Chateau Dumas, Course and board from £1680
Taught by Lynne Curran
Lynne Curran lives in a 900-year- old house on the sacred mountain of La
Verna, somewhere between Florence and Arezzo. She moved from Edinburgh in 2006, where she studied in the 70’s and where she first developed her distinctive figurative style of ‘painting in miniature with threads’. Her imagery is sifted through sketchbooks which are part-scrapbook and part-diary, reflecting everyday subjects...dancing and singing, gardening, cats and chickens. With echoes of Coptic and Medieval tapestries, she has remained faithful to her unique vision and that passion has been appreciated by collectors all over the world, including Glasgow’s Gallery of Modern Art, The V&A and more recently, The Uffizi Gallery’s self-portrait collection in the Vasari corridor.
Using linen, silk, cottons and fine wool for their tactile qualities as well as their depth of colour in order to create anything you really like. Tapestry is a simple process, however there is a very clear set of rules to begin with in order to have a really good technique. After a good grounding, Lynne will encourage you to play and experiment with the effects you get from different types of yarn, in order to reveal your own weaving style or ‘handwriting’.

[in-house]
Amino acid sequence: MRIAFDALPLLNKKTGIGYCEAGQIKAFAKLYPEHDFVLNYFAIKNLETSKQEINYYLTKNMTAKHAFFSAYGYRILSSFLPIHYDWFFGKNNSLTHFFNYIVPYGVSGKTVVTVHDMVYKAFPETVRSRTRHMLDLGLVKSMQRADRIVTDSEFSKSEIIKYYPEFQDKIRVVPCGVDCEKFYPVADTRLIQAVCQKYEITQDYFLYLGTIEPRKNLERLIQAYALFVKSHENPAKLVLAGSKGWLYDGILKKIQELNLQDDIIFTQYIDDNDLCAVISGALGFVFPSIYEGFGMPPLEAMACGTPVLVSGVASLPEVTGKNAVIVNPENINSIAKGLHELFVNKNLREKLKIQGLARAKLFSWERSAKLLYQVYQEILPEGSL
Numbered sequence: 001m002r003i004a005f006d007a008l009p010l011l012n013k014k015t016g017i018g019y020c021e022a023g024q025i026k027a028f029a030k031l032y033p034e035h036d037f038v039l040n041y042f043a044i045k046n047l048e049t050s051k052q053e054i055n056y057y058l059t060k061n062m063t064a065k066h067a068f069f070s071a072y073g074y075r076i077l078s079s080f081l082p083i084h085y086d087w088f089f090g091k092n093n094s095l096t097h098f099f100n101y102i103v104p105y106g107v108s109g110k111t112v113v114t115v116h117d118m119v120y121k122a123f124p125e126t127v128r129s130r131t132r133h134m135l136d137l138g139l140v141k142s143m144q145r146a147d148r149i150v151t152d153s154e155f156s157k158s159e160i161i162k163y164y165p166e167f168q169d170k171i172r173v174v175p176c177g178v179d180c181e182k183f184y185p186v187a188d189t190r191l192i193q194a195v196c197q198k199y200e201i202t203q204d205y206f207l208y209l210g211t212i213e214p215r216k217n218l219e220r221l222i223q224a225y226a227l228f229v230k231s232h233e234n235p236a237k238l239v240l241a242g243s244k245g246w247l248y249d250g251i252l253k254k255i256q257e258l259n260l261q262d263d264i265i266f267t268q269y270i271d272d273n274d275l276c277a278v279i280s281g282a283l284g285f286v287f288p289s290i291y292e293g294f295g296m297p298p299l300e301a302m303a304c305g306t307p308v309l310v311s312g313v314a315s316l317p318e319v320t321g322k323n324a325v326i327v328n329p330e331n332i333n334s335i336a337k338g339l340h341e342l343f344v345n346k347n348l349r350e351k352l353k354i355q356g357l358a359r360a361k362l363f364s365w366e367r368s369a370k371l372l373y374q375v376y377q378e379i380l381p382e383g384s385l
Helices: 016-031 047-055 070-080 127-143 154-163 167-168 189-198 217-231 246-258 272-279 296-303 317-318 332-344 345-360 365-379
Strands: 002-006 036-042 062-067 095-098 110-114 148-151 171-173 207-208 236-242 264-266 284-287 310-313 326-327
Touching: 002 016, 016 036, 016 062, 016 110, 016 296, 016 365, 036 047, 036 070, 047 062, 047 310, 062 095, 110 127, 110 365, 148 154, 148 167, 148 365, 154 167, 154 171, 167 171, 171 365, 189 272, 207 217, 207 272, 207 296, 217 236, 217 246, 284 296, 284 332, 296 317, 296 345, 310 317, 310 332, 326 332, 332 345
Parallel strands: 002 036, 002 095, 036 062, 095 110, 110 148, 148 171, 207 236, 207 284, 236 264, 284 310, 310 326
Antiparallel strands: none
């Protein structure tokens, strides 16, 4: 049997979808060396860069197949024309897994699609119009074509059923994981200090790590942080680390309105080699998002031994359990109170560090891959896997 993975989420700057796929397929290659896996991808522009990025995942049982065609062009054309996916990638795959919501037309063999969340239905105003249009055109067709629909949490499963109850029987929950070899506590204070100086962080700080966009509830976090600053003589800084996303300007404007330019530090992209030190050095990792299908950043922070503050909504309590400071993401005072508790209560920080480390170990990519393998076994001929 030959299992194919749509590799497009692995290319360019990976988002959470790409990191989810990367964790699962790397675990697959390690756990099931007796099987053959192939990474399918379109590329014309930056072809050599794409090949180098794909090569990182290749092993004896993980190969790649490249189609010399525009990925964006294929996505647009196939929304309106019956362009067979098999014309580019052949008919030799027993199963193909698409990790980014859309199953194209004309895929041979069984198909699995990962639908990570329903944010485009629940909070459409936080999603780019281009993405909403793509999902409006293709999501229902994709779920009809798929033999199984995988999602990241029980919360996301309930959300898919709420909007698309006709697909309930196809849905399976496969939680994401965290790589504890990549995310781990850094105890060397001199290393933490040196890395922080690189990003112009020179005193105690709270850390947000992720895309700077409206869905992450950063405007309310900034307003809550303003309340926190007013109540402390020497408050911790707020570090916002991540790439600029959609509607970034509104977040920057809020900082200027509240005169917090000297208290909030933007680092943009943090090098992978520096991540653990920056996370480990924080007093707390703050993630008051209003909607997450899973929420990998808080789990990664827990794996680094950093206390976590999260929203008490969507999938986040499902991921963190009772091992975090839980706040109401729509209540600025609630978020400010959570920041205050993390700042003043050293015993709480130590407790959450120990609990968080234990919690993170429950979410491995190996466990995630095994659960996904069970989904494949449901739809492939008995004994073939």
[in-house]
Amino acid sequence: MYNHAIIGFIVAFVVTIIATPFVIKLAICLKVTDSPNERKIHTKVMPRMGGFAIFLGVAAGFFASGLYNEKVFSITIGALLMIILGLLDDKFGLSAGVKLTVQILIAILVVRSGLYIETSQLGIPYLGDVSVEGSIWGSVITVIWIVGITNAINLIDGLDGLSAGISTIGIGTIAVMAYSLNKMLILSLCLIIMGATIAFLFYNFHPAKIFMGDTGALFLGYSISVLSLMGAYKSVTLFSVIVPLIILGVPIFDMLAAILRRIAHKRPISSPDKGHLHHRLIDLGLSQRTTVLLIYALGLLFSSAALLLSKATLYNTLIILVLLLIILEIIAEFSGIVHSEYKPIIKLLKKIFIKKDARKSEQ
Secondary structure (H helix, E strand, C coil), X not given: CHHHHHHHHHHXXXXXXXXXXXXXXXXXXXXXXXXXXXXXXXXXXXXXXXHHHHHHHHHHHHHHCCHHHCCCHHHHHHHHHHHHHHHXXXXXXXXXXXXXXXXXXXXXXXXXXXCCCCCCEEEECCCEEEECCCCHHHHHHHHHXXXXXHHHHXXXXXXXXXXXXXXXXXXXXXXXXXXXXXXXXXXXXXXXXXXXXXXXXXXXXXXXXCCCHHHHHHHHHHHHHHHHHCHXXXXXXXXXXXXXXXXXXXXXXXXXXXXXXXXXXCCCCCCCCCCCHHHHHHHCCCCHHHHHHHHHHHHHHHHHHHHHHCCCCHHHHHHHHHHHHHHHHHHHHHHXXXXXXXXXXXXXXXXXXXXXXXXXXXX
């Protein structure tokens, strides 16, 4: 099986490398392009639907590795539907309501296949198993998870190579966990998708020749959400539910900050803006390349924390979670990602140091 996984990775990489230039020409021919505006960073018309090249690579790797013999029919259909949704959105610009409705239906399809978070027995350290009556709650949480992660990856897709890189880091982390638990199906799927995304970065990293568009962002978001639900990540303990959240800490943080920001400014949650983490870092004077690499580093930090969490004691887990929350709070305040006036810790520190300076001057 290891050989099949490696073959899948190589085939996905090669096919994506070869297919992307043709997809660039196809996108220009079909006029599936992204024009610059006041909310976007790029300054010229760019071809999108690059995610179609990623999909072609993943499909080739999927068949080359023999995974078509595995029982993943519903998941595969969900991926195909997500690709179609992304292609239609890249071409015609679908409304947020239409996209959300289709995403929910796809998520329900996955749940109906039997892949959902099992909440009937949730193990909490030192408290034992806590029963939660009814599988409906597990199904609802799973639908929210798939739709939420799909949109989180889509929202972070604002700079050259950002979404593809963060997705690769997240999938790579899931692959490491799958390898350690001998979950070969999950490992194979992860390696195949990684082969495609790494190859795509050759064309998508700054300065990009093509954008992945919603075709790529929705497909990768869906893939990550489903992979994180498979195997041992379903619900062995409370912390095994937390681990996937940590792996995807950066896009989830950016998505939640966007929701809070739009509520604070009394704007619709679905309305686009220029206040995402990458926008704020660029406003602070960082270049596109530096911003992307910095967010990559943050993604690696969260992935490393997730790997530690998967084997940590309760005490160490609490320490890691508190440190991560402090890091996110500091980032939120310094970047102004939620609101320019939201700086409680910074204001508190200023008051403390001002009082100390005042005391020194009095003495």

Students will begin making a sample piece, first making shapes, then adding ways of shading and pattern to use within the spaces. After that comes outlining and controlling lines and ‘floating wefts’ as they travel in all directions. Next comes texture, relief, 3D, uneven warping and irregular shaped pieces - there is potential for sculptural, functional or wearable pieces.
At this point you will start breaking the rules - like using a curved weft known as ‘coptic’ or ‘eccentric’. Curran will share with you a ‘safety net’ of how to avoid things going wrong. Weaving by hand (with a wooden bobbin), on a simple vertical frame (no heddles or peddles) makes it easy to place weft threads at angles to the warp and follow the sweeps and curves of the drawing. Keeping notes, scraps and scribbles is all part of the designing process, as is looking at historical pieces to see why some things work better than others.
Students will each aim to come up with a tapestry design or ‘cartoon’ that lends itself to the tapestry process as well as reflecting your personality and interests. This way, the final making stage is a creative and enjoyable experience, retaining plenty of freedom to improvise.
Places are limited and this allows for total beginners to work alongside those with experience. Materials you will need to provide: sketchpad/notebook, drawing materials and colours, scissors, needle & thread.
Chateau Dumas, Chateau d'Auty, Nr Toulouse, 82220 Auty